Critics don’t find many positives in B.C. budget

The provincial government released its budget Tuesday and so far there hasn’t been much positive press about it.

The provincial government released its budget Tuesday and so far there hasn’t been much positive press about it.

The budget ignores feedback on senior’s care suggested by the Senior Health Ombudsman as well as keeping the status quo on just about everything else. Education and healthcare did receive increased funding of four per cent each, but that’s not exactly optimistic.

Minister Peter Falcon also talked about a need to increase efficiency in the health care system.

What that most likely alludes to is a need to privatize health care, which MLA Katrine Conroy said is a way for the B.C. Liberals to get that expense out of their books.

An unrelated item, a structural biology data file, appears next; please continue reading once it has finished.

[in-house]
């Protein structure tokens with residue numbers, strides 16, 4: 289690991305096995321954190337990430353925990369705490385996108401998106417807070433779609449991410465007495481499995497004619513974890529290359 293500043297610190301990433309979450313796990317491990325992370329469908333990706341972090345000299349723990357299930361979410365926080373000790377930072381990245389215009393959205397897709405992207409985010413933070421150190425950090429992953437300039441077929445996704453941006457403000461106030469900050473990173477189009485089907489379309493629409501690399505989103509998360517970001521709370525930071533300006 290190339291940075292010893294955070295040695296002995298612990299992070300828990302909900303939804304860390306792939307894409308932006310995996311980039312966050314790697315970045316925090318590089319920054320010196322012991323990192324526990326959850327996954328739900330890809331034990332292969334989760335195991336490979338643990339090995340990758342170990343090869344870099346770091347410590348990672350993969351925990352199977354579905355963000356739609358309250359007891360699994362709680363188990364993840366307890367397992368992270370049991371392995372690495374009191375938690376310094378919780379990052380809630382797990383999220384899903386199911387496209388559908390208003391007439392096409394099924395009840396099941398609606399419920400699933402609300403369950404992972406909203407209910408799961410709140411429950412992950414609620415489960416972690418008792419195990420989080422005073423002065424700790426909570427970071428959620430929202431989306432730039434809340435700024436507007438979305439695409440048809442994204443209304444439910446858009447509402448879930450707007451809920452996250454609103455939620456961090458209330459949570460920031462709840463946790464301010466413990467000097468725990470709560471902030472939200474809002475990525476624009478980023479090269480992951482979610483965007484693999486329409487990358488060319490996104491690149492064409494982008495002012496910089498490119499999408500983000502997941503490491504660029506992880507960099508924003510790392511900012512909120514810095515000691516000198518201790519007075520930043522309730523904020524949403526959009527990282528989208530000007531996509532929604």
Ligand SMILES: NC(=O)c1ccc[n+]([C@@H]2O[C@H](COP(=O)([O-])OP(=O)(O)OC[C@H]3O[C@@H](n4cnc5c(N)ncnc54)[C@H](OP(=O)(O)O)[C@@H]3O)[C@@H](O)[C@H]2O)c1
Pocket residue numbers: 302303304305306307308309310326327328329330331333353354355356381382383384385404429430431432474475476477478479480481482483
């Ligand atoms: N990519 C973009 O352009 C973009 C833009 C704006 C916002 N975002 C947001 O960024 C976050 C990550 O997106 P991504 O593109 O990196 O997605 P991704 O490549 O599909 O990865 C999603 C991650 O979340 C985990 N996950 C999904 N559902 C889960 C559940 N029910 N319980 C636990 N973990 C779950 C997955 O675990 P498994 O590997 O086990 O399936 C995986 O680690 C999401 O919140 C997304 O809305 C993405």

She cautions that privatization will end up being more expensive in the long run and more expensive to regular citizens.

Who will really benefit? The big businesses. While cuts came to important institutions to the province, like the Ministry of Forests, the corporate taxes that big businesses pay won’t change for this budget year.

There is also a lack of support for industry training and jobs in this area.

NDP finance critic Bruce Ralston said in a recent article that he had hoped there would be more support for skills training and to match people who are looking for a job to the growing need for high-skill jobs.

Without that support and support for institutions like Selkirk College, the area will lose skilled workers to the more booming economy in northern B.C. and Alberta.